Of course, as a young man, Bobby didn’t mind the female attention. As he told us , ‘… the screaming, who wouldn’t love it? I was just on Cloud 9 and, of course, being Italian… hoo, hoo! The hormones were working. I was more excited than they were. I used to tell all the girls, you don’t know how many times you were responsible for that cold shower of mine.’”
Doug Chappell (musician/record label exec)
“So sorry to hear that Bobby has left us. Our band Richie Knight and The Mid-Knights not only knew Bobby but we also backed him up with our band. That was pre 1963 when we had our own hit with "Charlena".
Bobby was always very warm and friendly and always with a smile on his face. He continued that way, I saw him a while ago doing a set with Robbie Lane."
Duff Roman (CHUM broadcaster and founder of Roman Records)
The recent Broadway smash Jersey Boys tells the story of The Four Seasons. Bobby Curtola deserves the same respect and adulation. He was Canada’s original teen idol and, like the Four Seasons, he survived the same plot twists of controlling managers, endless touring, broken promises and those Las Vegas connections. Ten years before Canadian content regulations on radio and 20 years before FACTOR funding became available, Bobby, with the support of his song-writing backers, the Hurdon brothers of Port Arthur (now Thunder Bay), broke into the Billboard charts. First came Fortune Teller in 1962 and then Aladdin and the hits just kept on coming. He was the good-looking, smooth-singing kid from The Lakehead who had the best fan club in the country - a relentless, well-oiled machine that would swamp the 1050 CHUM Battle of the Bands phone lines and routinely beat up on the biggest international groups of the 60s. He worked the high school gyms, hockey arenas and shopping malls across the country – and yes, the girls swooned and the guys were jealous. He was slick and professional but always a thoughtful, generous friend. Please, let’s not forget the young man who opened the door to opportunity for a nascent Canadian music industry. -- Thank you, Bobby.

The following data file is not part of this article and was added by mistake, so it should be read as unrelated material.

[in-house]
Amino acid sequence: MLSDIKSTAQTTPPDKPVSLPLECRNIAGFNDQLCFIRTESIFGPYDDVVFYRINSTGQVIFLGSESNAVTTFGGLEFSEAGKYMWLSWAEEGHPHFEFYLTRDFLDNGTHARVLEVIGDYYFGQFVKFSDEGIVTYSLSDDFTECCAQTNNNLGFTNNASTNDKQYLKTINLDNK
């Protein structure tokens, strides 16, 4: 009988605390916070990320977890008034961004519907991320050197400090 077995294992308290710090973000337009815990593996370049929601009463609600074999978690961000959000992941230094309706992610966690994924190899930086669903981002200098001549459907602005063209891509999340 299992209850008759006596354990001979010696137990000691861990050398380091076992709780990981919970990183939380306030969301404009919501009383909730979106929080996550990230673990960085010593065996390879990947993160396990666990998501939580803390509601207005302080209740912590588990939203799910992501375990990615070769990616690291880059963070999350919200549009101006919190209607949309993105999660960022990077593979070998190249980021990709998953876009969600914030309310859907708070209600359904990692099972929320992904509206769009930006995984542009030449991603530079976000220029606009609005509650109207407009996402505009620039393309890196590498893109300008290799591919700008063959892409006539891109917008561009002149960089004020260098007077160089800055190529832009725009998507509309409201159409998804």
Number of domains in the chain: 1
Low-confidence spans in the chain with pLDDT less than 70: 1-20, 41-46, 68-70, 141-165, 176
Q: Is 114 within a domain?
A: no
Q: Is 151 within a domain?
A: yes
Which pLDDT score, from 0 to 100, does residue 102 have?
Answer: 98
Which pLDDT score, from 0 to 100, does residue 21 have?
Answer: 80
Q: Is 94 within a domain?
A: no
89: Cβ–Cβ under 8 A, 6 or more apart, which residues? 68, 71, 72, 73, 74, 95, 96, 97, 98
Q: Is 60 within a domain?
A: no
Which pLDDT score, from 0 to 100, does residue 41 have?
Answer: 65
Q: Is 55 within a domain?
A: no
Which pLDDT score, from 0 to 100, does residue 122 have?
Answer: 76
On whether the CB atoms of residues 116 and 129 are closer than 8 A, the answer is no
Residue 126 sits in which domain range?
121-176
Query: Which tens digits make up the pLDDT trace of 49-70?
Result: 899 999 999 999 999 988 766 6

Sources: Billboard, Wikipedia, Canadian Encyclopedia, artist website
Other articles published this day
The final numbers have yet to be tallied but organizers said they raised about $2 million from Wednesday night’s Fire Aid concert in Edmonton to benefit Fort McMurray.
Next week's CMT Music Fest in Kitchener is the first such event to be produced by Corus Live. Senior VP John MacDonald tells us more are on the way.
12 talented young recipients of the 2016 MusiCounts Fred Sherratt Award were announced in Toronto yesterday.